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Be a Boiler Service Technician: Education and Career Roadmap

Jul 31, 2018

Learn how to become a boiler service technician. Research the education requirements, training information and experience required for starting a career in the boiler service field.

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  • 0:00 Boiler Service…
  • 1:09 Get an Education
  • 1:58 Complete an Apprenticeship
  • 2:21 Fulfill Licensing Requirements
  • 2:43 Gain Experience
  • 3:16 Earn Higher-Class Licenses

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Boiler Service Technician Basics

Degree Level None
Licensure Varies by state
Experience Required; apprenticeships or on-the-job training
Key Skills Manual dexterity; good problem-solving skills; ability to monitor computer controls associated with boilers, monitor and maintain boilers and related equipment, and lift at least 50 pounds; climb, bend, and stand for long periods of time
Salary $60,480 (2015 average annual wage for boiler operators)

Sources: U.S. Bureau of Labor Statistics, Job postings, accessed 11/12.

Boiler systems are large heating, cooling and ventilation systems usually found in large buildings, such as offices, warehouses and shopping facilities. A boiler service technician, also known as a boiler operator, keeps the boiler system operating properly by performing routine maintenance and repairs. These technicians work around hazardous machinery and often perform their tasks in uncomfortable positions or temperatures. Some boiler service technicians work during the night or on weekends and holidays.

Boiler service technicians need manual dexterity and problem-solving skills. They must be able to monitor computer controls associated with boilers; monitor and maintain boilers and related equipment; lift at least 50 pounds; and climb, bend and stand for long periods of time. The U.S. Bureau of Labor Statistics reported that stationary engineers and boiler operators made an average annual salary of $60,480 as of May 2015.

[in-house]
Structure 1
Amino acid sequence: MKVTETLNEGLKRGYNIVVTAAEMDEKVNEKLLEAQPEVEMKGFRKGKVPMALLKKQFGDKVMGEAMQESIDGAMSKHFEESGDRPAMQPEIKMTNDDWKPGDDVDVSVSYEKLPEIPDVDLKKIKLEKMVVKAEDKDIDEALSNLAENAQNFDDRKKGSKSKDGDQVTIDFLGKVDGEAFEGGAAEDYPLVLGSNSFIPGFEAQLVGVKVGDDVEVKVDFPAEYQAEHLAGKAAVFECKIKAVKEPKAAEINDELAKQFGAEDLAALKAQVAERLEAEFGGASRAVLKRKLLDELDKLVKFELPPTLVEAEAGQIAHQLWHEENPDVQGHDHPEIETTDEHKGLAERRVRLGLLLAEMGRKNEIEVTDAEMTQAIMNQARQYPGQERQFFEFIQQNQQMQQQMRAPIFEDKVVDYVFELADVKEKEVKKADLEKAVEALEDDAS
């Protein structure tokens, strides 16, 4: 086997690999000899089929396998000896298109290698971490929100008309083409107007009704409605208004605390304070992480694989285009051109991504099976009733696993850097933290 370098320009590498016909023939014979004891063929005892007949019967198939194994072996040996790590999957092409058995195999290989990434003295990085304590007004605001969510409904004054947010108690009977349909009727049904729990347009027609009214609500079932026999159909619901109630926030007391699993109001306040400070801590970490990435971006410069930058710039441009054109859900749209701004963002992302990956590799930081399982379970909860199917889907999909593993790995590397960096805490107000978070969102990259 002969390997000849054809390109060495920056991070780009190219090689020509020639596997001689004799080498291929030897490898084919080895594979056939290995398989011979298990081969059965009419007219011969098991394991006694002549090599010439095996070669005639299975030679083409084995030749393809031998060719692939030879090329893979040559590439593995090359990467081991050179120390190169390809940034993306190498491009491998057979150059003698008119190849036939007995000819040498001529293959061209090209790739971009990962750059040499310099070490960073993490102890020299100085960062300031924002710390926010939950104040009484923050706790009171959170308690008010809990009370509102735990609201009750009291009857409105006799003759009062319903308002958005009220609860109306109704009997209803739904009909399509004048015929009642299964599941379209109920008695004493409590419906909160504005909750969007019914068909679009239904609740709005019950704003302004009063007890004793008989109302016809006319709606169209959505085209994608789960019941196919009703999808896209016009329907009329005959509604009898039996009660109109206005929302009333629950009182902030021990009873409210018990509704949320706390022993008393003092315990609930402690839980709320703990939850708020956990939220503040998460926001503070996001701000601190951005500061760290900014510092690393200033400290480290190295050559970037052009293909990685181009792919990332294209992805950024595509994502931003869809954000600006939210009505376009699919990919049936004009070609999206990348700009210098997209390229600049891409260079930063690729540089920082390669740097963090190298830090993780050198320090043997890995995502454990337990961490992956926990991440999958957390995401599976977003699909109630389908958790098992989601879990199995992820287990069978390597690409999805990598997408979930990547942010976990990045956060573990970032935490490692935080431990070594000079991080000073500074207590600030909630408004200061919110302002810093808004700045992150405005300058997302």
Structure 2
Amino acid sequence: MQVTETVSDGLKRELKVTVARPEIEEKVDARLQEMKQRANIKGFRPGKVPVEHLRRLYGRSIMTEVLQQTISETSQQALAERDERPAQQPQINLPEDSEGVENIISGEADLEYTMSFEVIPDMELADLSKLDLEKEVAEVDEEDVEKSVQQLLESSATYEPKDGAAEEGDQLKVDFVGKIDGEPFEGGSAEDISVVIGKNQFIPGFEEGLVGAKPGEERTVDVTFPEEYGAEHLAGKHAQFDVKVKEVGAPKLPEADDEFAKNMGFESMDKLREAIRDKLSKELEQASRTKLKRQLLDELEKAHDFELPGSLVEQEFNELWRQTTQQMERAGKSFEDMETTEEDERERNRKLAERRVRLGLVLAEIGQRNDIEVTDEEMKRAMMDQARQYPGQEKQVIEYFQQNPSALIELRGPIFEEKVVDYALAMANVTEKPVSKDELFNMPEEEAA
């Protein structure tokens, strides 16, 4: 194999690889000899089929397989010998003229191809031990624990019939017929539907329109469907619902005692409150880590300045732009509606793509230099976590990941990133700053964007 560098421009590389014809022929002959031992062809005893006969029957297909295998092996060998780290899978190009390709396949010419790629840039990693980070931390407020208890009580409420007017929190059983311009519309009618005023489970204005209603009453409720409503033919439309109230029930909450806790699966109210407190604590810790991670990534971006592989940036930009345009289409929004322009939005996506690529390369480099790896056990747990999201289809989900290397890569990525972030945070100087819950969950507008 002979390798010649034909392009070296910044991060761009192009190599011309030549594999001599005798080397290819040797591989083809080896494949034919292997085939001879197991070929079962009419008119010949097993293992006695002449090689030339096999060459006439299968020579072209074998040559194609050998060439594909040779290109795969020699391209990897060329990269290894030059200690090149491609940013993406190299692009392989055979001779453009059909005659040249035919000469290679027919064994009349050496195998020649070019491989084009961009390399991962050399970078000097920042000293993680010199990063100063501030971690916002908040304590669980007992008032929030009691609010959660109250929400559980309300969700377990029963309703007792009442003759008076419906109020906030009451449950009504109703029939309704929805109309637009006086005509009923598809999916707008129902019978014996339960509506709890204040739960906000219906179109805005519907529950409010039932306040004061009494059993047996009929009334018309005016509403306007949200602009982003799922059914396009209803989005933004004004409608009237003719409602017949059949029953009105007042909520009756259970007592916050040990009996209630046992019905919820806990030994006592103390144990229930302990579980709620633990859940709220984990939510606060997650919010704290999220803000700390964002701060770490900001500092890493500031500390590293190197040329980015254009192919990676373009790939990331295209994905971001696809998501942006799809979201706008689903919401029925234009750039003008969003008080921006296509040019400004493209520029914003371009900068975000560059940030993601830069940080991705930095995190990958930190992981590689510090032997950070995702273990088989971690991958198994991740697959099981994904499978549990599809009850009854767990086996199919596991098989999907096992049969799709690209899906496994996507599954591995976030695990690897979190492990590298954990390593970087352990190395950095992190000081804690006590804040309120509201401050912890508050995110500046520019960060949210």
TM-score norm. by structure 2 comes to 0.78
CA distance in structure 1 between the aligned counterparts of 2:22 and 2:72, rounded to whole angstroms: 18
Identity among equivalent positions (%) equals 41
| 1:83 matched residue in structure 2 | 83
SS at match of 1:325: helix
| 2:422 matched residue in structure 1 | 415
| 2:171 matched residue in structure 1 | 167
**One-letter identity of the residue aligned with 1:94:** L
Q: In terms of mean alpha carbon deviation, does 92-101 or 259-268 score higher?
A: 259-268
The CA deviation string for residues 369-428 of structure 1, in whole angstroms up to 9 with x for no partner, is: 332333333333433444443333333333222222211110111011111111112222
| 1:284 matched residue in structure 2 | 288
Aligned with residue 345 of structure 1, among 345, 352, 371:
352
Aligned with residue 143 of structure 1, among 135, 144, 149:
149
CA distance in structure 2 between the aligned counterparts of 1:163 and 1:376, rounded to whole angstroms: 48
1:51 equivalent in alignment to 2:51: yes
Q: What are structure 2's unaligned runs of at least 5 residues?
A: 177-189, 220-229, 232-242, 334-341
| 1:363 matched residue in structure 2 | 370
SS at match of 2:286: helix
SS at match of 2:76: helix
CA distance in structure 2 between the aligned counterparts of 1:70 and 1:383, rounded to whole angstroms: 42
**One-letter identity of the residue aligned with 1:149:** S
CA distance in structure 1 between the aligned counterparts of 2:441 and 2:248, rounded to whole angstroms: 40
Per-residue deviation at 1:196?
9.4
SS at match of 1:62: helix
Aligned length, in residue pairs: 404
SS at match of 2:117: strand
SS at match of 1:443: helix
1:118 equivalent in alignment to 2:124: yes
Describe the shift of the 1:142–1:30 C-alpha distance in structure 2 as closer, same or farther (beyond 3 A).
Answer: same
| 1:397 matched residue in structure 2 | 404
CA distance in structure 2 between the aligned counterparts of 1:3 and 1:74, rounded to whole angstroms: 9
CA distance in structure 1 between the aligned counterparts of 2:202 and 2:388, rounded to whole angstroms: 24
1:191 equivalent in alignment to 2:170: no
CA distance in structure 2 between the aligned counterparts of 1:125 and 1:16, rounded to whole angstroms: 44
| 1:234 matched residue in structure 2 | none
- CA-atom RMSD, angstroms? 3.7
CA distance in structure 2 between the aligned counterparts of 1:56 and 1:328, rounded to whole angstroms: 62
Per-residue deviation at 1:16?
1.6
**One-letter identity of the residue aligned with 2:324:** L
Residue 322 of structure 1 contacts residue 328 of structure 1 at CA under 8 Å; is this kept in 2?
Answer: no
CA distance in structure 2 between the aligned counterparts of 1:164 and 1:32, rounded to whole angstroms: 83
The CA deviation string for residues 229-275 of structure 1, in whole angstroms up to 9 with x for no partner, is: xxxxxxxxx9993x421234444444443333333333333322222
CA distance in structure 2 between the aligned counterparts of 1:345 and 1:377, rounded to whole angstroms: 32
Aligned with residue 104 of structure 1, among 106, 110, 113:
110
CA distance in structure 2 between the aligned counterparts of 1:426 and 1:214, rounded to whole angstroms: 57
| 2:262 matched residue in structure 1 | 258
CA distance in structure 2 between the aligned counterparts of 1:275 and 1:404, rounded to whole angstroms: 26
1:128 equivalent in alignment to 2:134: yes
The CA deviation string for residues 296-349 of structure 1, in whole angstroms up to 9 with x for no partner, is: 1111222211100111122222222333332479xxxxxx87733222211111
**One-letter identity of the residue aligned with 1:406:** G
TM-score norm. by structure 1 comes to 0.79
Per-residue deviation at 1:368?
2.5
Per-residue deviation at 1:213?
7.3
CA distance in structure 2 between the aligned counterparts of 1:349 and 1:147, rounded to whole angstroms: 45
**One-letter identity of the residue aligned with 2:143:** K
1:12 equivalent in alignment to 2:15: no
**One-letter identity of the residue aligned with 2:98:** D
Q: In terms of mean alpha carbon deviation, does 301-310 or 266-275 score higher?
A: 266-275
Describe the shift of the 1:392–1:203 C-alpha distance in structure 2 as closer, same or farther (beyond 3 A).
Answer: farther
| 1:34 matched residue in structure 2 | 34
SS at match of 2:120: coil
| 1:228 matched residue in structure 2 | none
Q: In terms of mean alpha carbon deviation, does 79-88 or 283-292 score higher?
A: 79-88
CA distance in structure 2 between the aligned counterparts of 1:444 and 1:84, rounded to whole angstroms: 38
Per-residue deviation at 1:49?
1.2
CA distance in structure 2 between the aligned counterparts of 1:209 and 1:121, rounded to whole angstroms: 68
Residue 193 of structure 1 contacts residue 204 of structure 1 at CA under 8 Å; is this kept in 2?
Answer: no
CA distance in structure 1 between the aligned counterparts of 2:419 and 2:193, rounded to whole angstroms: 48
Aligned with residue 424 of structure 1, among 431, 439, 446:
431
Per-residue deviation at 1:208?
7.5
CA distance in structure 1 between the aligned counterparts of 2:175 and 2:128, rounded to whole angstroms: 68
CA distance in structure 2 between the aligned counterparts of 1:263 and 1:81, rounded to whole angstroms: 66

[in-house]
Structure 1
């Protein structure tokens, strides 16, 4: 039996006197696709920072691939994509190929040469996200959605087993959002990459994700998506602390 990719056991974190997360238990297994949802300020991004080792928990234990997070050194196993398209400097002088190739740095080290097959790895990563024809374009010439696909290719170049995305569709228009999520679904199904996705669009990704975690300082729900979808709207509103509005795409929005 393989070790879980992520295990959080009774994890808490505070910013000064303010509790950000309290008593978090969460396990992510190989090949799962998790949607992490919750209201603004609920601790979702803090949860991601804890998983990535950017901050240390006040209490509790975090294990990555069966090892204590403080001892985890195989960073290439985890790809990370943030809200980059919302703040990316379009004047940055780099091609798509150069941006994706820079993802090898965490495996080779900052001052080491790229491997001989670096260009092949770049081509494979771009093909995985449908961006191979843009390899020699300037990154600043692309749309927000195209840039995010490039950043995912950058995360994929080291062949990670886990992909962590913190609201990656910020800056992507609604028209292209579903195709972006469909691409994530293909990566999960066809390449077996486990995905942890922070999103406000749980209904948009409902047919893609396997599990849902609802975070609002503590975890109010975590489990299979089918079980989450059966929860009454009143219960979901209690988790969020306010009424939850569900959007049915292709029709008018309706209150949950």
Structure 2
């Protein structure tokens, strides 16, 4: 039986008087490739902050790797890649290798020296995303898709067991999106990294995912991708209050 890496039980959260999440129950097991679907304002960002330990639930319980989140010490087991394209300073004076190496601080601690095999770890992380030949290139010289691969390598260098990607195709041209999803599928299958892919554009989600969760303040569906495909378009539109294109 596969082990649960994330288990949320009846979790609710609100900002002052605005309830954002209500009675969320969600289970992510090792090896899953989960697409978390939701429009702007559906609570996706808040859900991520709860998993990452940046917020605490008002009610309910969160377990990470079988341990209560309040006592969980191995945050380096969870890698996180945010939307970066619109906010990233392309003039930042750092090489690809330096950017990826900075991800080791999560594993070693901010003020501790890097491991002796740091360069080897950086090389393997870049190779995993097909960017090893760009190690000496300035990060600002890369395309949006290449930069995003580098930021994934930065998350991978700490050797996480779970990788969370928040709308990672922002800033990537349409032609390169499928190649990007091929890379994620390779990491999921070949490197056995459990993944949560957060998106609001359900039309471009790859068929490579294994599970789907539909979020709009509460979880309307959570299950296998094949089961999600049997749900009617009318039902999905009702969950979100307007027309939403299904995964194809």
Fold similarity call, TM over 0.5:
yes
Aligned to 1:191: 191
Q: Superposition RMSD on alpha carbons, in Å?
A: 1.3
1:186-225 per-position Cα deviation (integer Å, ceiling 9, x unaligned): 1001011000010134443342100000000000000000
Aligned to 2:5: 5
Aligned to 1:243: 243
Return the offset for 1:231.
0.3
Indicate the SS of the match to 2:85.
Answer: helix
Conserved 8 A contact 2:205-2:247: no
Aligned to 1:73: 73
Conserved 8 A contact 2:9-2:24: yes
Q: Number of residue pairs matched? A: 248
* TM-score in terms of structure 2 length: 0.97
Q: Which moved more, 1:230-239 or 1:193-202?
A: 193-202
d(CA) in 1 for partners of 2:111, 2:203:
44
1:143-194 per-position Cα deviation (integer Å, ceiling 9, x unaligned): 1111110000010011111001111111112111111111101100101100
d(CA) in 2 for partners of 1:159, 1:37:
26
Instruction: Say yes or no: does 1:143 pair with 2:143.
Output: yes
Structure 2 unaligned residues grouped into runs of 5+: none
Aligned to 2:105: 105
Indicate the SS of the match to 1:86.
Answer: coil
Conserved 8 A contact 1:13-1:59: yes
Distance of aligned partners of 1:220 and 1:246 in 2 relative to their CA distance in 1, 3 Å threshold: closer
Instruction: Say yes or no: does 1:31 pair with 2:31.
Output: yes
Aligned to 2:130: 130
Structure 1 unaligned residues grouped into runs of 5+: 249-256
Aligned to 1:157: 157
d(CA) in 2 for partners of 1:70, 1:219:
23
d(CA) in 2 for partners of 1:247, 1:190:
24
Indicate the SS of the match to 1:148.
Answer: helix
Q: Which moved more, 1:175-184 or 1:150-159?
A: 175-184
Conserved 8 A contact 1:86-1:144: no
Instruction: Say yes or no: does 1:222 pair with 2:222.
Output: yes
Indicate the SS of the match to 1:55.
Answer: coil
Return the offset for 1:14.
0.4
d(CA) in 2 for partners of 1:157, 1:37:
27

Let's explore the steps to become a boiler service technician.

Step 1: Get an Education

Aspiring boiler service technicians might want to take classes that cover a variety of topics, such as energy, electricity, water power and plant safety at a community college or technical school. Some schools offer boiler service training classes that cover electrical systems, control panels and basic operation of boiler systems. They might offer training in blueprint reading, programmable logic controllers and welding.

Training in heating, ventilation and air conditioning (HVAC) also might benefit prospective boiler service technicians. An associate degree program in HVAC service might cover topics such as HVAC systems, diagrams and blueprints, industrial safety, mathematics and electrical wiring.

Step 2: Complete an Apprenticeship

A boiler operator apprenticeship program offers classroom studies and work experience directly related to boiler service. Programs are usually open to those age 18 or over with a high school diploma or equivalent. Apprenticeships might be offered through colleges, vocational schools, employers or professional organizations.

Step 3: Fulfill Licensing Requirements

Licensing requirements vary by state, so prospective boiler service technicians will need to check with their state or local government to ensure that they can meet them. In general, licensing programs require candidates to pass a written exam, be 18 or older and have a high school diploma or GED.

Step 4: Gain Experience

Boiler service technicians usually need to gain experience in the industry before being hired directly as service technicians. Experience might be gained via an apprenticeship program or as an assistant to a boiler service technician. Employers usually prefer that boiler service technicians have extensive experience in operating and maintenance of boiler systems, the ability to read blueprints, experience working with electrical systems, maintenance experience and knowledge of the tools and equipment used on the job.

Step 5: Earn Higher-Class Licenses

Advancing as a boiler service technician requires proven expertise with more complicated machinery and, in many cases, higher-class licenses. Some company-specific exams test an individual's level of knowledge and ability to operate a variety of boilers.

To recap, boiler service technicians typically need to complete some postsecondary education and an apprenticeship. They also might need to meet state licensure requirements.

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